The Navy apologized, but the death of Sanes quickly revitalized the movement to free the 21-mile-by-4-mile island from military control. Within days, protesters had set up several campsites inside the bombing range, defying the Navy to arrest them. Navy officials at first promised prompt expulsion but backed off as the people of Vieques, spreading the news via the Internet, gained more and more adherents to their cause, including church leaders from across the ecumenical spectrum.

“In the past we suffered a lack of support from several sectors, including the churches,” Ismael Guadalupe, president of the Committee for the Rescue and Development of Vieques, told NCR. “Today it’s different. Sectors such as the churches and the labor unions are not just present beside us as we struggle to defend Vieques, they are actively taking on our struggle as their own. They’re with us now, both throughout Puerto Rico and the rest of the world. And they’ll be with us if the Navy comes to remove us from our island.”

At Sanes’ funeral April 22, Catholic Bishop Alvaro Corrada del Río of Caguas, whose diocese includes Vieques, declared, “We all know that the national security of Puerto Rico and the United States requires our participation, but too much can be asked on the road to freedom. Vieques has borne more than its share.”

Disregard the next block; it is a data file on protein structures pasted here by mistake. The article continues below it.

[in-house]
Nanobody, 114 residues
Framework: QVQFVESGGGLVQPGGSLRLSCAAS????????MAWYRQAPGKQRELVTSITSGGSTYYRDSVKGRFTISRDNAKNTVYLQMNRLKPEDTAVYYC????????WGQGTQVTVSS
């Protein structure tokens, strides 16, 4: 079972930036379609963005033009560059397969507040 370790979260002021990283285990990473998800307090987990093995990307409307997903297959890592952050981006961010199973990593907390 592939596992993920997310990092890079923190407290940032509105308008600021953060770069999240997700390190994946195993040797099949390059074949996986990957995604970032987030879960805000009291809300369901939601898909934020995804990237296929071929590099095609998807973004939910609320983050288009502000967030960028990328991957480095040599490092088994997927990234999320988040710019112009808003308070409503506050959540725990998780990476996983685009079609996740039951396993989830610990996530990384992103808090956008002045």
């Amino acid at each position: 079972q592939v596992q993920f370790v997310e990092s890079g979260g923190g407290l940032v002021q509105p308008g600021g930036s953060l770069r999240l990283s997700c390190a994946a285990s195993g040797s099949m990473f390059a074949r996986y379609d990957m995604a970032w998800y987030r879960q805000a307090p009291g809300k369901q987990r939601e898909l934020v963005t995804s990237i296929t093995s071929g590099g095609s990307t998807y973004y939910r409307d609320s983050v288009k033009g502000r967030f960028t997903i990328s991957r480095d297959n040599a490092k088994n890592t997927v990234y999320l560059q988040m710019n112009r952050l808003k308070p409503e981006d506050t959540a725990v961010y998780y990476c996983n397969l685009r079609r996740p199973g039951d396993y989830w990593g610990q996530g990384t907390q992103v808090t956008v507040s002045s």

Roberto González Nieves, the new archbishop of San Juan, Puerto Rico, was recently named to a special government commission studying the situation on Vieques. He termed the Navy’s behavior on Vieques “immoral.”

González and Corrada del Río traveled together to the pockmarked island May 22 to sit in the Chapel of Perpetuo Socorro in the Monte Santo neighborhood and listen for three hours as local Catholics, Methodists and Anglicans recounted stories of Navy abuse. The two then joined a march of labor activists who demonstrated at the gate that leads into the military-controlled eastern end of the island.

“The presence of the Navy on Vieques is a sign of the anti-reign of God,” Corrada del Río told NCR. “The people of God are asking the Navy to cease military operations immediately and as soon as possible to leave the island, so that the people of Vieques can get their land back and enjoy the right to live in peace. Beyond the island of Vieques, from the position of the gospel, we ask that Puerto Rico be liberated from the state of militarization that has seized our country.”